How Men Leading LGBT Rights in Sports Culture Can Help Stop Violence Against Women

BOURBONNAIS, IL - JULY 30:  Brendon Ayanbadejo #94 of the Chicago Bears looks on during a summer training camp practice on Ju
BOURBONNAIS, IL - JULY 30: Brendon Ayanbadejo #94 of the Chicago Bears looks on during a summer training camp practice on July 30, 2007 at Olivet Nazarene University in Bourbonnais, Illinois. (Photo by Jonathan Daniel/Getty Images)

Brendon Ayanbadejo is correct: "Gay" does not equal "feminine." More to the point, as the Super Bowl-winning linebacker recently told Meet the Press, "gay" does not automatically equal anything at all. "People think that gayness has something to do with femininity, when really we just need to erase that stereotype from our minds, because LGBT people come in all different types and shapes and forms," Ayanbadejo said shortly after Jason Collins became the NBA's first out gay player.

Way to go, Ayanbadejo. Double high-five, in fact. We already know he is awesome, but such continued challenging of these norms and stereotypes will not only promote LGBT rights and acceptance but stands to help prevent violence against women.

Without diminishing current victories for LGBT rights, we also need to connect them with women's rights and the increasing number of men stepping forward as leaders and partners in ending all forms of gender-based discrimination and violence.

For far too long, popular culture and stereotypes have associated "gayness" with femininity. Of course, there's nothing inherently wrong with the traits traditionally associated with "femininity." The problem is this: Boys and men are taught to be "men," and certainly to be good athletes, by not being "feminine." Don't cry like a girl. Don't throw like a girl. Don't be a bitch. In this way, boys and men learn that femininity is inferior. Femininity is a threat. Femininity is the enemy.

It's only a short step from there to this: Women are inferior. Women are a threat. These assumptions and connections, part of what many are calling "toxic masculinity," enable violence against gay (or "effeminate" men) and violence against women alike.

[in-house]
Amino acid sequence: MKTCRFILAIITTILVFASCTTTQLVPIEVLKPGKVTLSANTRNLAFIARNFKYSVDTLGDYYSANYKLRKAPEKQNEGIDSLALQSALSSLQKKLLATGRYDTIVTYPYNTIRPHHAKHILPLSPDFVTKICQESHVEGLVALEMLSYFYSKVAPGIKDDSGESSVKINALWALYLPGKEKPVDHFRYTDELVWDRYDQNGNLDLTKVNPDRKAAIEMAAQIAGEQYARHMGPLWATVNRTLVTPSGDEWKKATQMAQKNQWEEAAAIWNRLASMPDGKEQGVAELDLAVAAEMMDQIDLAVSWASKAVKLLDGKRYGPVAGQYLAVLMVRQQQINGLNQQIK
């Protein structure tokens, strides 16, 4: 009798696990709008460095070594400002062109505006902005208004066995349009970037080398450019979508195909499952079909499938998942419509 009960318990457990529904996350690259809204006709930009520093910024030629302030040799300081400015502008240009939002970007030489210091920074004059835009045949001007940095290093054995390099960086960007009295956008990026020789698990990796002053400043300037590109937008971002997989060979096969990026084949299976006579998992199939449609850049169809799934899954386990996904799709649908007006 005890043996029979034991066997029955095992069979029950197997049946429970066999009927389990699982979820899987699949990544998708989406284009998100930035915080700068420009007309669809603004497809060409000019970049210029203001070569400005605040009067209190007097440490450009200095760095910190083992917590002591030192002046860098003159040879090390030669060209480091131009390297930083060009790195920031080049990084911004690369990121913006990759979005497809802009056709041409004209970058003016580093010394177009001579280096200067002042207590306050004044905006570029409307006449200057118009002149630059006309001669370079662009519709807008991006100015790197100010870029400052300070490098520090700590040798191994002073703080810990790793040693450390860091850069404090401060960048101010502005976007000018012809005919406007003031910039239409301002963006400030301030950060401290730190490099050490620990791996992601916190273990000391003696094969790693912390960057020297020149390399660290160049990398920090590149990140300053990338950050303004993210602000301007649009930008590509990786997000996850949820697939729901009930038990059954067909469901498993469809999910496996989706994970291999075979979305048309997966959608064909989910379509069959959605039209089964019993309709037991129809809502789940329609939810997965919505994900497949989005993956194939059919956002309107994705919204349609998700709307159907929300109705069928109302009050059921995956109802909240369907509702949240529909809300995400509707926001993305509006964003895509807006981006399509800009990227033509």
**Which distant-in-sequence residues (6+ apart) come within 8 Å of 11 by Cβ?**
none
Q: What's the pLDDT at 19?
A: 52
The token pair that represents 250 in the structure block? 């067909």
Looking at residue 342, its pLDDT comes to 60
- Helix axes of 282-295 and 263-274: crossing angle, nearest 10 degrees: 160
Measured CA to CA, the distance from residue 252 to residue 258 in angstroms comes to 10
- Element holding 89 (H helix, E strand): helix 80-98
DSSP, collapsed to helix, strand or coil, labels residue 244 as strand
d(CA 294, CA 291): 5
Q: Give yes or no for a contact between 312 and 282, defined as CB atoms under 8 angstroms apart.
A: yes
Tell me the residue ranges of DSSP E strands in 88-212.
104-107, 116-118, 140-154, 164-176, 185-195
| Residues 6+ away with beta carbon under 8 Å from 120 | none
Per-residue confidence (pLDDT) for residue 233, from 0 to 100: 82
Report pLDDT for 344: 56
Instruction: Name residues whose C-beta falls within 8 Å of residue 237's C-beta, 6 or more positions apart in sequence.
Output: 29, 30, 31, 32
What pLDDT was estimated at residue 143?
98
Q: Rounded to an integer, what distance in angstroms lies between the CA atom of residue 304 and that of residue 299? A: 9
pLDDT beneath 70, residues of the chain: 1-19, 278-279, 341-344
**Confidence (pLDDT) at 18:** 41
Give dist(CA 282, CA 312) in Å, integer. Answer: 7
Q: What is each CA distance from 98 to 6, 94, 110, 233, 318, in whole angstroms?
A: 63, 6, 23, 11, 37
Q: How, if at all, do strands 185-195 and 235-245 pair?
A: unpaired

Most men are not violent. But for many of those who are, their behavior is learned. So too is the far more common (and perhaps even more damaging) silence -- silence about discrimination and violence, even small, daily inequalities. That's why men like Ayanbadejo, along with the thousands of men who have joined Breakthrough's global Ring the Bell campaign to end violence against men, are absolutely critical to stopping this pandemic. In order for true change to happen, more men must follow this lead and examine how their own behavior -- or simply unexamined inaction -- might enable, ignore or excuse such violence.

The conversation that Collins helped launch benefits us all. Violence against women is the largest and most widely tolerated human rights abuse worldwide. Here in the U.S., domestic violence costs us nearly $9 billion a year. The stereotypes that seemed to prompt Jason Collins to underscore his "toughness" are the very same stereotypes that perpetuate our culture of violence. All men -- and women -- should be able to feel that they're not limited to only one narrow way of being. As another impressive male athlete once told me, having access to only one set of traits is like being able to run but not pass, throw but not catch. We're at our best, obviously, when we can do it all.

Today, momentum is on our side. The LGBT justice and equality movement and the activism working to alter the singular definition of masculinity that enables violence against women continue to gain force and visibility in new ways and spaces. I believe we will soon reach the point where an athlete's orientation will be a non-issue. And when we dismantle the constructs of masculinity that damage men, women and families worldwide, everybody wins.